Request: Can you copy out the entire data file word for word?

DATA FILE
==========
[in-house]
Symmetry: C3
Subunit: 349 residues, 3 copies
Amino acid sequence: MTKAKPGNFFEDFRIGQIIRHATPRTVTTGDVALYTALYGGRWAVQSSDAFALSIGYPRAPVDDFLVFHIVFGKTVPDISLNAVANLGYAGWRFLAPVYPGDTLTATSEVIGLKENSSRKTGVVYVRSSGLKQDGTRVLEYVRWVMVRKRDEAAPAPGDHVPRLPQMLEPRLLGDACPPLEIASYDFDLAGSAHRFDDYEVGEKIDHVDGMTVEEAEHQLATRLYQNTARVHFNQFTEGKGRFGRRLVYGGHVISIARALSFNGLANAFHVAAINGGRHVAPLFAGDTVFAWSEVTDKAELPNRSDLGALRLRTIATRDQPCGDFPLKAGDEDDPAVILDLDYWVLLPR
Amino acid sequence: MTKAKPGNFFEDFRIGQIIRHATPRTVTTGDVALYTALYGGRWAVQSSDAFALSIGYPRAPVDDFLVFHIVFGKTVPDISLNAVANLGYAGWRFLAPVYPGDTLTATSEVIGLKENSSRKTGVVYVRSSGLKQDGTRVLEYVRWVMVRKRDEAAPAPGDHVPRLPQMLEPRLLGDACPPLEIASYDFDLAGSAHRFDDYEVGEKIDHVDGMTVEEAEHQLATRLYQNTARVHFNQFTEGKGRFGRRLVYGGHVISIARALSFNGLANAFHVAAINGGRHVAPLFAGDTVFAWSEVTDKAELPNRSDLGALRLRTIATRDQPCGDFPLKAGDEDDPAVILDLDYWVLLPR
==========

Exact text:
[in-house]
Symmetry: C3
Subunit: 349 residues, 3 copies
Amino acid sequence: MTKAKPGNFFEDFRIGQIIRHATPRTVTTGDVALYTALYGGRWAVQSSDAFALSIGYPRAPVDDFLVFHIVFGKTVPDISLNAVANLGYAGWRFLAPVYPGDTLTATSEVIGLKENSSRKTGVVYVRSSGLKQDGTRVLEYVRWVMVRKRDEAAPAPGDHVPRLPQMLEPRLLGDACPPLEIASYDFDLAGSAHRFDDYEVGEKIDHVDGMTVEEAEHQLATRLYQNTARVHFNQFTEGKGRFGRRLVYGGHVISIARALSFNGLANAFHVAAINGGRHVAPLFAGDTVFAWSEVTDKAELPNRSDLGALRLRTIATRDQPCGDFPLKAGDEDDPAVILDLDYWVLLPR
Amino acid sequence: MTKAKPGNFFEDFRIGQIIRHATPRTVTTGDVALYTALYGGRWAVQSSDAFALSIGYPRAPVDDFLVFHIVFGKTVPDISLNAVANLGYAGWRFLAPVYPGDTLTATSEVIGLKENSSRKTGVVYVRSSGLKQDGTRVLEYVRWVMVRKRDEAAPAPGDHVPRLPQMLEPRLLGDACPPLEIASYDFDLAGSAHRFDDYEVGEKIDHVDGMTVEEAEHQLATRLYQNTARVHFNQFTEGKGRFGRRLVYGGHVISIARALSFNGLANAFHVAAINGGRHVAPLFAGDTVFAWSEVTDKAELPNRSDLGALRLRTIATRDQPCGDFPLKAGDEDDPAVILDLDYWVLLPR